Thread: appending extra byte to a char *

  1. #1
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    appending extra byte to a char *

    Hi,

    I trying to append something in a char pointer array but coudn't able.. can anyone please help me?

    Example:

    char* a = "World";

    now i want to add "hello" before the "World" in the variable a.

  2. #2
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    You can't, without invoking undefined behaviour. In your example, "World" is a constant string, so cannot be modified.

    Declare an array long enough to contain all the data you need, and modify it accordingly.

    Code:
    #include <string.h>
     
    int main()
    {
         char a[12] = "World";       /*  12 = strlen("Hello World") + 1  */
         strcpy(a, "Hello World");   /*  Copy "Hello World" into the array a */
    }
    This is one case where a pointer does not behave like an array.
    Right 98% of the time, and don't care about the other 3%.

    If I seem grumpy or unhelpful in reply to you, or tell you you need to demonstrate more effort before you can expect help, it is likely you deserve it. Suck it up, Buttercup, and read this, this, and this before posting again.

  3. #3
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    If you want to append character to a char * you need to allocate memory for that .

    Code:
    #include<stdio.h>
    #include<string.h>
    #include<malloc.h>
    main()
    {
    char *a="Hello ";
    char *b="World";
    char *c = malloc(strlen(a)+strlen(b)+1);
    strcat(c,a);
    strcat(c,b);
    printf("%s\n",c);
    }

  4. #4
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    Quote Originally Posted by karthigayan View Post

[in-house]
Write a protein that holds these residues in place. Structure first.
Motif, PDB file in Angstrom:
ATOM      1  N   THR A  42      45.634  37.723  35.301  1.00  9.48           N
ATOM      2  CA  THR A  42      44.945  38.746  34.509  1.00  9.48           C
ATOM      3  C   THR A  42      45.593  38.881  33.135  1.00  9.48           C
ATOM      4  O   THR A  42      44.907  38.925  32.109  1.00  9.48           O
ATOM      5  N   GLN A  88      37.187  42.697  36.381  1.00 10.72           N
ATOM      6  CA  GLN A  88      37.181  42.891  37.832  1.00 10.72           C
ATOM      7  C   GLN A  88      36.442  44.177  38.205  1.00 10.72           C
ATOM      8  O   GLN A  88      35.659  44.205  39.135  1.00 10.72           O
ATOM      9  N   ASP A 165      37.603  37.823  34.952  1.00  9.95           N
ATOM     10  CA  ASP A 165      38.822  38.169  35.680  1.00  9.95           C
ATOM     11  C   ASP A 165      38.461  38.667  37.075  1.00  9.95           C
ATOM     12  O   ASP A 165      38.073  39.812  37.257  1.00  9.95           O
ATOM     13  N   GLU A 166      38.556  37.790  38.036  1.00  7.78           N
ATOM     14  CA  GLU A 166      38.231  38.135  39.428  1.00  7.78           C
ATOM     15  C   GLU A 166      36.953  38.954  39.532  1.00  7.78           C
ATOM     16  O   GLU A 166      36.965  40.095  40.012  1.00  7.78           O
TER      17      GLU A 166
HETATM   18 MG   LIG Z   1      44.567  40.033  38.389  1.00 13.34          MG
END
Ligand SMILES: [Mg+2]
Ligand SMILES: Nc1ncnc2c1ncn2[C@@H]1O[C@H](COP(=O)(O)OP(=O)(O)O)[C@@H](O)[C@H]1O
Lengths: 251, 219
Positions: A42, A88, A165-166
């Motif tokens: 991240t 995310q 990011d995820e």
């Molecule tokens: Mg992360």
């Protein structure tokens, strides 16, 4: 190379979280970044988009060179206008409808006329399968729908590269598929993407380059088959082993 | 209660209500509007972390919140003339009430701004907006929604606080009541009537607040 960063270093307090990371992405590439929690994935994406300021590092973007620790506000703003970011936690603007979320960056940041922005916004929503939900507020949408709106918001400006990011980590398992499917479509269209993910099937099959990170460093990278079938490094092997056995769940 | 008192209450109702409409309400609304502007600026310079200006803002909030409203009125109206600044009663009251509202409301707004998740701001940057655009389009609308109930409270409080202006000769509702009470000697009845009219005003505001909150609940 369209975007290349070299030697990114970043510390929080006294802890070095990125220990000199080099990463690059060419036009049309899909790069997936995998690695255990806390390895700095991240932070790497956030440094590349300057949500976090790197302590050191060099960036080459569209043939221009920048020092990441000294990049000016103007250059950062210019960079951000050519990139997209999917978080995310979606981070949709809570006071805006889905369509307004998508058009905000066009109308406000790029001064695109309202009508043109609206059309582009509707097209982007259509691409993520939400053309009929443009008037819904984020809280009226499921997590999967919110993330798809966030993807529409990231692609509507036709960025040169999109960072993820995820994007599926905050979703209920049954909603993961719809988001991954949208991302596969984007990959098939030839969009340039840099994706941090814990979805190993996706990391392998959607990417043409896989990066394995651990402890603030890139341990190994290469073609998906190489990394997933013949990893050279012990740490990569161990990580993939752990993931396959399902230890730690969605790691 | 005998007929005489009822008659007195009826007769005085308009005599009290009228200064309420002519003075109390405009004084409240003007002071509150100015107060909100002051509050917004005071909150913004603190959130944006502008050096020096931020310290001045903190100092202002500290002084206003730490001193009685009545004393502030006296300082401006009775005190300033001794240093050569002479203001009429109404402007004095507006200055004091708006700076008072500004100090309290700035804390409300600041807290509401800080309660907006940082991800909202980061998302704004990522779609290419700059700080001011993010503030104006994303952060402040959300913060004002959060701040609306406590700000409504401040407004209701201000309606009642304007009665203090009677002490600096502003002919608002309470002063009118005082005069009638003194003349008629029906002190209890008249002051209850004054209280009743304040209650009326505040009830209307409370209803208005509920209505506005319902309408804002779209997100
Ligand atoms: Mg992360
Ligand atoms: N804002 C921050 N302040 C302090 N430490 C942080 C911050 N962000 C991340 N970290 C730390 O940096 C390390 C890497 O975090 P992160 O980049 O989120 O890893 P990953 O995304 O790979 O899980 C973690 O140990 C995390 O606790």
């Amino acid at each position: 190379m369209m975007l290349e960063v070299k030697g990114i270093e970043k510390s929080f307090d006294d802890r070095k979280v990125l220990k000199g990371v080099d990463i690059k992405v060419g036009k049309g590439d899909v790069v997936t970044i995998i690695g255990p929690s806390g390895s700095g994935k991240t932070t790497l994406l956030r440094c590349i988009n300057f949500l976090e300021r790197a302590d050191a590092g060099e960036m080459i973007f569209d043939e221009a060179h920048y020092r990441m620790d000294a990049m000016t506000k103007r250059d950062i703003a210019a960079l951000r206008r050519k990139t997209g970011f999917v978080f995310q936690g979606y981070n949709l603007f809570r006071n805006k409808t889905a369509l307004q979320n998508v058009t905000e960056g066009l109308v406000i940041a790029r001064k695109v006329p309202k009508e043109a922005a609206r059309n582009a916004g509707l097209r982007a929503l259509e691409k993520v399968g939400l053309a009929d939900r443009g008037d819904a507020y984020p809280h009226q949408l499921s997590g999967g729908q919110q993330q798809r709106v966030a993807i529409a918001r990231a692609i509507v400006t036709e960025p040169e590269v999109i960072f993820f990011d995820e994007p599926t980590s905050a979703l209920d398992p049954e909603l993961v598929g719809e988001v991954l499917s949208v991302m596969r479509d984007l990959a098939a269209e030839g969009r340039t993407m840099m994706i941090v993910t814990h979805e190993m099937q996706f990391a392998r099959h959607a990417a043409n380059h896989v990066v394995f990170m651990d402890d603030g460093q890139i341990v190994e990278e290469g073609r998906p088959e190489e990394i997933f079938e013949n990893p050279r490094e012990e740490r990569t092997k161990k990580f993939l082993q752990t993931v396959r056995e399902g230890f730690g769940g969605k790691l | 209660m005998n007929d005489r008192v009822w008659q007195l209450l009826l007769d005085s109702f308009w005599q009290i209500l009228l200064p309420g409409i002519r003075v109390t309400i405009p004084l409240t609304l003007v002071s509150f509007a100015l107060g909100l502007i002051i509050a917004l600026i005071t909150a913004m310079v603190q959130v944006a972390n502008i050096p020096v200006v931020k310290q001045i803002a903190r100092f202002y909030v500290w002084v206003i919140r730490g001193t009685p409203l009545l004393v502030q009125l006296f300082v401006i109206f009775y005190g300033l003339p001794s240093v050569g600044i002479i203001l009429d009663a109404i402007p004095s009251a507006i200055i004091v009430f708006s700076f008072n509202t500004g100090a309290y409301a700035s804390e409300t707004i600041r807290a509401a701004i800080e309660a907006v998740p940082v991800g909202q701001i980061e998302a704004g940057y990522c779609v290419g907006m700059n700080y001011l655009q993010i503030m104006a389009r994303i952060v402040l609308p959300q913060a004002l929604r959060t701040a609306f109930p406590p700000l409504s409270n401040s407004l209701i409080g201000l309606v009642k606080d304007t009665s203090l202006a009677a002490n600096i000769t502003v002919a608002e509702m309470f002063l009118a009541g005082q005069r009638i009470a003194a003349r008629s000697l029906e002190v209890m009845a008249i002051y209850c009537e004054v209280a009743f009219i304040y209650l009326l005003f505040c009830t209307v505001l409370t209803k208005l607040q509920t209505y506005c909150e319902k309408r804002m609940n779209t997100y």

printf("%s\n",c);
    [/code]
    thanks karthigayan... it works.. but in printing i am getting some garbage value before the actual one... like...

    "........................ Hello World"


    can you please tell me what could be the problem?

  5. #5
    C++ Witch laserlight's Avatar
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    Quote Originally Posted by apus29
    can you please tell me what could be the problem?
    There are a number of problems with karthigayan's example, among them:
    • <stdlib.h> should be included instead of <malloc.h>
    • Although c points to sufficient memory, it does not actually point to the first character of a string as the dynamic array is left uninitialised.
    • There is no corresponding free() to the malloc().
    • a and b should be declared as points to const char.
    • The main function should be declared as returning int
    • Unless you are compiling with respect to C99, the main function should return a value, usually 0.
    • The code is severely in need of proper indention.


    You might want to try:
    Code:
    #include <stdio.h>
    #include <string.h>
    #include <stdlib.h>
    
    int main(void)
    {
        const char *a = "Hello ";
        const char *b = "World";
        char *c = malloc(strlen(a) + strlen(b) + 1);
        c[0] = '\0';
        strcat(c, a);
        strcat(c, b);
        printf("%s\n", c);
        free(c);
        return 0;
    }
    Quote Originally Posted by Bjarne Stroustrup (2000-10-14)
    I get maybe two dozen requests for help with some sort of programming or design problem every day. Most have more sense than to send me hundreds of lines of code. If they do, I ask them to find the smallest example that exhibits the problem and send me that. Mostly, they then find the error themselves. "Finding the smallest program that demonstrates the error" is a powerful debugging tool.
    Look up a C++ Reference and learn How To Ask Questions The Smart Way

  6. #6
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    Quote Originally Posted by laserlight View Post
    There are a number of problems with karthigayan's example,
    Thanks laserlight.. for your informational reply..

    I had to add <stdlib.h> to run the program and i also freed the memory too..

    what i did is here...

    Code:
    #include<stdio.h>
    #include<conio.h>
    #include<string.h>
    #include <stdlib.h>
    
    int main()
    
    {
    char *a="Hello ";
    char *b="World";
    char *c = (char*)malloc(strlen(a) + strlen(b) + 1);
    strcpy(c,a);  //use strcpy to avoid the garbage value
    strcat(c,b);
    
    a = c;
    
    int i;
    
    for(i = 0; i < strlen(a); i++)
    	printf("%c", *(a+i));
    
    free (c);
    
    return 0;
    
    }
    and its giving my desired answer (to modify the variable 'a').please correct me if there is anything wrong.

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